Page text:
Ueda, who appeared as a censor for the inspection of Ch’odŭnghak tokbon (Elementary reading), was not included in the list of members of the inspection committee, but he was also a compiler at the Ministry of Education. He graduated with a degree in French from Tokyo Imperial University and worked as a translator for the Ministry of War of Japan. After studying in the United States from 1904 to 1907, he returned to serve as a part-time official of the Ministry of Education in Korea. Later, he became a teacher at Kyŏngsŏng High School and an editorial officer at the Japanese Government-General of Korea.28
There are pokja, deletions, and revisions in Yuch’i tokbon, which are generally stamped with the censor’s seal. Requests for revisions and deletions have been supplemented with reasons for such changes or revised sentences as a side note or on separate strips of papers. Most notes on revisions were simple, involving typos, spelling, or notations. Although there are a number of recommendations for revisions and deletions regarding contents, an in-depth analysis of the recommendations will take time as some strips of papers with notes have been lost and some characters are difficult to decipher.
Another interesting aspect of the inspection copy of Yuch’i tokbon is that the textbook demonstrates evidence of two processes of inspection. As mentioned in one of the newspaper articles above, Yu Kilchun submitted a copy of Yuch’i tokbon to the Ministry of Education for inspection but failed to receive permission to print it. It seems that he submitted a second version,29 as pages of the inspection copy with recommendations for revisions are attached with pieces of paper that contain revised texts, which are also littered with censors’ notes for revisions. Despite the two inspection processes, Yuch’i tokbon was never published and used as a textbook due to its inability to meet the Ministry’s standards.30
Ch’odŭnghak nongŏp taeyo seems to have been another textbook that did not pass the inspection, as there is no textbook of the same title that we know of today. The author of this textbook was also Pak Chŏngtong, and the person in charge of publishing is recorded as Hong Kichu from T’ongmun’gwan. The censor is marked as Fukushima (福島), speculated to be Fukushima (福島百藏), one of the members of the inspection committee. Fukushima was an expert in the field of agriculture who served as a professor at Hansŏng High School and coauthored Sinch’an nongŏpkyogwasŏ (New textbook on agriculture),31 which explains his participation in the inspection of Ch’odŭnghak nongŏp taeyo. However, the censor’s stamp imprinted next to the recommendations for revisions of texts in the inspection copy belonged to Oda Shogo, the secretary of the Ministry of Education, just as in Yuch’i tokbon, which implies that Oda made the final decisions in the textbook inspection process.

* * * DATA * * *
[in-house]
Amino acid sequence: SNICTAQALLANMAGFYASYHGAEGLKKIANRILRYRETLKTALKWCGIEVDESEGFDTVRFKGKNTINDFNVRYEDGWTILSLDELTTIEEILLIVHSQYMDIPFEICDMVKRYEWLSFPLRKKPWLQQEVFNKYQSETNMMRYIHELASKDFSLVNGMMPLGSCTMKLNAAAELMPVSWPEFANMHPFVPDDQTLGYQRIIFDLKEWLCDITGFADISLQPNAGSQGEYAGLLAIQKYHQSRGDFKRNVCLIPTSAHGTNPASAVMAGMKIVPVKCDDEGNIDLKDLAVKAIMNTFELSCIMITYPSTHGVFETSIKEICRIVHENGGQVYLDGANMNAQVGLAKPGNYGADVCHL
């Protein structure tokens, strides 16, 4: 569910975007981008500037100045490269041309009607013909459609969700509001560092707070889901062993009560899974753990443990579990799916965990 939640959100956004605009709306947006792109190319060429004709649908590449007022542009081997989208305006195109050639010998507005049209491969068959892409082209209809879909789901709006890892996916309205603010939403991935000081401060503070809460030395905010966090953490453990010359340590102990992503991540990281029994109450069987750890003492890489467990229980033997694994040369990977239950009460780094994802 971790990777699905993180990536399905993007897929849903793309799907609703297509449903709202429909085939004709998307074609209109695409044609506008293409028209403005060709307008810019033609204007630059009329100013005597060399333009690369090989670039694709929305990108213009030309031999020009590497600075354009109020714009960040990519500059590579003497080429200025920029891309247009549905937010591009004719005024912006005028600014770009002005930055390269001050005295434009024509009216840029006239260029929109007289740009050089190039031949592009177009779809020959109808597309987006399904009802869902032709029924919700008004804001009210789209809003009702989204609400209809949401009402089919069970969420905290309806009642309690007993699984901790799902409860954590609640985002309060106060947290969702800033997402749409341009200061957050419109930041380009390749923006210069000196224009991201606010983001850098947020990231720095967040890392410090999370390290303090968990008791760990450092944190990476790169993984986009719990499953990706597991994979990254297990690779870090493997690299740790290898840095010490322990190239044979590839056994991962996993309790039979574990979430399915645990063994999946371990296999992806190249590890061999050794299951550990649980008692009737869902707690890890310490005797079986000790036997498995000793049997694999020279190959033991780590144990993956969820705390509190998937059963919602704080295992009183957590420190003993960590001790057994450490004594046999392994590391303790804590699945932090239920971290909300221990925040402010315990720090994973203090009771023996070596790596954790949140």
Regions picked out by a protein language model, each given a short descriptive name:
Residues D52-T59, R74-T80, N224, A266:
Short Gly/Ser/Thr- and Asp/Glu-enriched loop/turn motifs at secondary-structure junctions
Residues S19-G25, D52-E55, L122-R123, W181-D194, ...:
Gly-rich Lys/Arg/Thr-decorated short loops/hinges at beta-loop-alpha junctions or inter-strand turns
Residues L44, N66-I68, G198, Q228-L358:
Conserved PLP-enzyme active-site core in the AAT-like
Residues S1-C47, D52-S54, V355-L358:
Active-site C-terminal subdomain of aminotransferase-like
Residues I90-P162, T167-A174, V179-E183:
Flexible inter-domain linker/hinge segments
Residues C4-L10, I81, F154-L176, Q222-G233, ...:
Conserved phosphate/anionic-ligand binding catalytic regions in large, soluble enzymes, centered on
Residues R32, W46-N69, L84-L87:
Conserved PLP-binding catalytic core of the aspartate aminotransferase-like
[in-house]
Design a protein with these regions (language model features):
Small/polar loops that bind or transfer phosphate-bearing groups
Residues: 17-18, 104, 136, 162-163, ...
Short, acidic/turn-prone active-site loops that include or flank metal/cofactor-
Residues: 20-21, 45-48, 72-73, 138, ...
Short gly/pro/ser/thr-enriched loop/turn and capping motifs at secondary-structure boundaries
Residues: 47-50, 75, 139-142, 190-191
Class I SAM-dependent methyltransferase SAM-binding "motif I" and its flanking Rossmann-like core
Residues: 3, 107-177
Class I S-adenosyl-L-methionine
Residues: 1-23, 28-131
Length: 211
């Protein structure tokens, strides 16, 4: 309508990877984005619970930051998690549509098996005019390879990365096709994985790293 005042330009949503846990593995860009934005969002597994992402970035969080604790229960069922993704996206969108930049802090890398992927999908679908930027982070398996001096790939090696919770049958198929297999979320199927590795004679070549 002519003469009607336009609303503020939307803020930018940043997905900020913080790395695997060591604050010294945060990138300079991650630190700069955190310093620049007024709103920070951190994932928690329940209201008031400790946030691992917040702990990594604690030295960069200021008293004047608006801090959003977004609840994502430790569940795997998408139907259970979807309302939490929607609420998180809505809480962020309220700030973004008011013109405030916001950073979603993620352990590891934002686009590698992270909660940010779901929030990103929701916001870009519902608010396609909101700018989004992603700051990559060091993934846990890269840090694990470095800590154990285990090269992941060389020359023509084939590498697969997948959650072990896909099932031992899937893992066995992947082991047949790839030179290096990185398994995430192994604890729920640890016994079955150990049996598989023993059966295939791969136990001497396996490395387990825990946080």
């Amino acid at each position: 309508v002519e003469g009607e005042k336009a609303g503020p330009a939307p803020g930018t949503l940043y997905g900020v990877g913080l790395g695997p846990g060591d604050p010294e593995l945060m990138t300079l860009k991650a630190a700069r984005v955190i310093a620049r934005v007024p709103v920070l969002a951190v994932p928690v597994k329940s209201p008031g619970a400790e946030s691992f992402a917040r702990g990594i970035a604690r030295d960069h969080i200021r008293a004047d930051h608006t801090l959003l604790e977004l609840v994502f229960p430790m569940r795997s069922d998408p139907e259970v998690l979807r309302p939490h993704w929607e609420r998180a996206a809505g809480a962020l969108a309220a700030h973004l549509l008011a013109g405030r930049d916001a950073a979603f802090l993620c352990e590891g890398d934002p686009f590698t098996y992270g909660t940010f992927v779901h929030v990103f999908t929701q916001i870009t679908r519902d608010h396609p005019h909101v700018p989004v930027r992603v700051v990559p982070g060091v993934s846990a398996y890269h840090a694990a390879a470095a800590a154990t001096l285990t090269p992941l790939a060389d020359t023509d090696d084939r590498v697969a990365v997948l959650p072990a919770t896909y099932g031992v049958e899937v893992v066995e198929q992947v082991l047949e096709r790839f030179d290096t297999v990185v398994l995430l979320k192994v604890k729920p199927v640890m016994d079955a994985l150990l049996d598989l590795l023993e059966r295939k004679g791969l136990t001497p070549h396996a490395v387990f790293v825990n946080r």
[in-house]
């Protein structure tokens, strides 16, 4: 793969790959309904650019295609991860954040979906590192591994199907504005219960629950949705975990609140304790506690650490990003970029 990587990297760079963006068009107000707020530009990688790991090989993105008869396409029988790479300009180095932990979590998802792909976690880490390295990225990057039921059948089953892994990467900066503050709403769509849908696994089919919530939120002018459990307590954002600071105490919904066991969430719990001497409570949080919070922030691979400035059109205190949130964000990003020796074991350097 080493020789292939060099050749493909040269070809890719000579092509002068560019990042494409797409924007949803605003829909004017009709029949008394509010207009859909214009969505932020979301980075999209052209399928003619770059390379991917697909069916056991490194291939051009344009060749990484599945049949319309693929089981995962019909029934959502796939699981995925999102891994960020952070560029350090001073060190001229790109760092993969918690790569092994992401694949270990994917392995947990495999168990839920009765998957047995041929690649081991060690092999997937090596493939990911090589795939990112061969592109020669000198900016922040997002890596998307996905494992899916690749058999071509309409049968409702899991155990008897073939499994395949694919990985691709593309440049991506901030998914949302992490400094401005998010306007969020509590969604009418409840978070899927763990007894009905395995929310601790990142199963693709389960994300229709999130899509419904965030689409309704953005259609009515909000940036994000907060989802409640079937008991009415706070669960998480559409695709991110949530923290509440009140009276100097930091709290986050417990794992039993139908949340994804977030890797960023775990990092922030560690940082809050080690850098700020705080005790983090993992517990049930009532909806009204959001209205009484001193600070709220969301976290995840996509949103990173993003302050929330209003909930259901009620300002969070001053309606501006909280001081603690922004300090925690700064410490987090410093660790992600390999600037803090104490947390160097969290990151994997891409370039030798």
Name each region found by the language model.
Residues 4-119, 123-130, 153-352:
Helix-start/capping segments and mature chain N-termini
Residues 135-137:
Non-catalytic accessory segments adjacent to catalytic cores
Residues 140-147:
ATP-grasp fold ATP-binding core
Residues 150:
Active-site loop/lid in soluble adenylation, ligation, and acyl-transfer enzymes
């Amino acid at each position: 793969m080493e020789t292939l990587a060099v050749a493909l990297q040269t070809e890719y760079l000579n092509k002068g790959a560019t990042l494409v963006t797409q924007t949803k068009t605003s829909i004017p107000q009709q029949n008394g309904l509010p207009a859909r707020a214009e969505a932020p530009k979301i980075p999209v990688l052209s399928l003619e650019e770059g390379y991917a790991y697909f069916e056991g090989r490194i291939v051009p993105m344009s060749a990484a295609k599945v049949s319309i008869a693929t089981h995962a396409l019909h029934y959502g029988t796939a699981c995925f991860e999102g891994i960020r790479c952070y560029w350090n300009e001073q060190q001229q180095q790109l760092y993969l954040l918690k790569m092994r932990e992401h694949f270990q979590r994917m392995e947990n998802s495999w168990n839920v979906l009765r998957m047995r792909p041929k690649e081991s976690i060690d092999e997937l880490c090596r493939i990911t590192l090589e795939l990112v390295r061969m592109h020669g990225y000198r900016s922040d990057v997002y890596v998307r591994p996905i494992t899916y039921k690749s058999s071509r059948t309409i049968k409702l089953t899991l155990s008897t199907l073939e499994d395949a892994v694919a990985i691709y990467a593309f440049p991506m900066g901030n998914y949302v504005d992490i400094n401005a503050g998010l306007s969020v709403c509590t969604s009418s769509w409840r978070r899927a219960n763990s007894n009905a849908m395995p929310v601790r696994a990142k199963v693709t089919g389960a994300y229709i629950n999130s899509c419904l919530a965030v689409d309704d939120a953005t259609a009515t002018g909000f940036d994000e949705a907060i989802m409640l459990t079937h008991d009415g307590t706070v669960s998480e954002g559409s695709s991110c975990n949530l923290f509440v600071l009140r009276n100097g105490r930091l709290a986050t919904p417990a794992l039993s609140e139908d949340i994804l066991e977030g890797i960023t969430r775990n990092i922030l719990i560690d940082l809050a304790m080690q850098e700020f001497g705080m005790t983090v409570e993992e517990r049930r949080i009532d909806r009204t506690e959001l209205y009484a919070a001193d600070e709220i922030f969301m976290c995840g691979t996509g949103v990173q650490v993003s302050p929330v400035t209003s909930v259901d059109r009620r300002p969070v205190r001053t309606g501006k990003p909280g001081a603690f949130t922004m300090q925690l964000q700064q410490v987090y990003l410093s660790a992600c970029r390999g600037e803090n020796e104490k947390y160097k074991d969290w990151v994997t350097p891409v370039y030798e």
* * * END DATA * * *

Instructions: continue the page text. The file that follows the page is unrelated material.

The inspection copy of Pot’onghak susinsŏ (Ordinary Ethics) contained the most amount of censors’ recommendations for revisions and deletions, and it seems to have been resubmitted several times for inspection afterwards. In the inspection copy of this textbook, no record of the author, publisher, or the censor in charge of inspection can be found. The year in which the textbook was authored also does not appear on the textbook. However, a name card with the name Kim Sangch’ŏn is attached to the very first page of the inspection copy. There were records that indicated that Kim was a proprietor of Tongmun’gwan,32 and therefore it may be safe to assume that Pot’onghak susinsŏ was another textbook that had been compiled by the Young Korean Academy and published by Tongmun’gwan.